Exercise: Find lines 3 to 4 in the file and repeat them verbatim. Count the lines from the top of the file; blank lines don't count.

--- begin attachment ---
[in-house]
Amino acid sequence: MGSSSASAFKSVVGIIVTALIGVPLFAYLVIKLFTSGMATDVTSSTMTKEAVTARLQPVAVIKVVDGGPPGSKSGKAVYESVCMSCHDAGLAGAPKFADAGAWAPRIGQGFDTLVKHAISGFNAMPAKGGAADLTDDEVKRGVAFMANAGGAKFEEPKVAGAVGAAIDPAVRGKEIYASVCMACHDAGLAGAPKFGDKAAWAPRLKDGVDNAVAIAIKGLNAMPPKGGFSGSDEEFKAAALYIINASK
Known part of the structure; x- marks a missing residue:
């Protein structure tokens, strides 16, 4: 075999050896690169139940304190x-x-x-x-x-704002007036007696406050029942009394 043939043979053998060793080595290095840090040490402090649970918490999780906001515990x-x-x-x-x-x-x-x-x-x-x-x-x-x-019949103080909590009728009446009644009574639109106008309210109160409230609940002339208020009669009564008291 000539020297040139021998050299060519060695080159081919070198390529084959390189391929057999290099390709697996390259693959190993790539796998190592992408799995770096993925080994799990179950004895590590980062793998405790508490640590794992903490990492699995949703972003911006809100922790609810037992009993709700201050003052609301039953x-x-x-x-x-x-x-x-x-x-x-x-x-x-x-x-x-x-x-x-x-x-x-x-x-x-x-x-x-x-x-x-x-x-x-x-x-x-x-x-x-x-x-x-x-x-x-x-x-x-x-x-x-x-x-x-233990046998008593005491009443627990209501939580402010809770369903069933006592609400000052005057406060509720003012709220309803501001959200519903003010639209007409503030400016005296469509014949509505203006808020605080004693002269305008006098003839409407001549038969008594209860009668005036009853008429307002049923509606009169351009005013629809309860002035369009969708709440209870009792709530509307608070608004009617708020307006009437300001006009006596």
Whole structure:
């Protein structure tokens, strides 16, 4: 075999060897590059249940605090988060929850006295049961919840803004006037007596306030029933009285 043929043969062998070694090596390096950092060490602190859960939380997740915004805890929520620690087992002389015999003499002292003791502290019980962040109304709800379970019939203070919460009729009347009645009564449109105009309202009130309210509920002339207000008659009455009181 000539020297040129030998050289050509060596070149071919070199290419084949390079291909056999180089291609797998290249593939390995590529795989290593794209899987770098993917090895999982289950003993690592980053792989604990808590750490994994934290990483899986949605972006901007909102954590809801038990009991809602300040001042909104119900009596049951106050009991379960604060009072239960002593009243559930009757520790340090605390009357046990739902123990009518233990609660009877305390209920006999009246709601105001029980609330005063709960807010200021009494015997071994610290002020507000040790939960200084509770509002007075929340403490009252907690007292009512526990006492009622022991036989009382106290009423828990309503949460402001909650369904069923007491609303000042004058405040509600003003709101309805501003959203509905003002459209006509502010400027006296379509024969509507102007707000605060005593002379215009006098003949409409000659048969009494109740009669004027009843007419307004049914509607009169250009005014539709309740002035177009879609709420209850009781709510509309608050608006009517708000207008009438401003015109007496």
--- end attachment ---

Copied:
Known part of the structure; x- marks a missing residue:
């Protein structure tokens, strides 16, 4: 075999050896690169139940304190x-x-x-x-x-704002007036007696406050029942009394 043939043979053998060793080595290095840090040490402090649970918490999780906001515990x-x-x-x-x-x-x-x-x-x-x-x-x-x-019949103080909590009728009446009644009574639109106008309210109160409230609940002339208020009669009564008291 000539020297040139021998050299060519060695080159081919070198390529084959390189391929057999290099390709697996390259693959190993790539796998190592992408799995770096993925080994799990179950004895590590980062793998405790508490640590794992903490990492699995949703972003911006809100922790609810037992009993709700201050003052609301039953x-x-x-x-x-x-x-x-x-x-x-x-x-x-x-x-x-x-x-x-x-x-x-x-x-x-x-x-x-x-x-x-x-x-x-x-x-x-x-x-x-x-x-x-x-x-x-x-x-x-x-x-x-x-x-x-233990046998008593005491009443627990209501939580402010809770369903069933006592609400000052005057406060509720003012709220309803501001959200519903003010639209007409503030400016005296469509014949509505203006808020605080004693002269305008006098003839409407001549038969008594209860009668005036009853008429307002049923509606009169351009005013629809309860002035369009969708709440209870009792709530509307608070608004009617708020307006009437300001006009006596």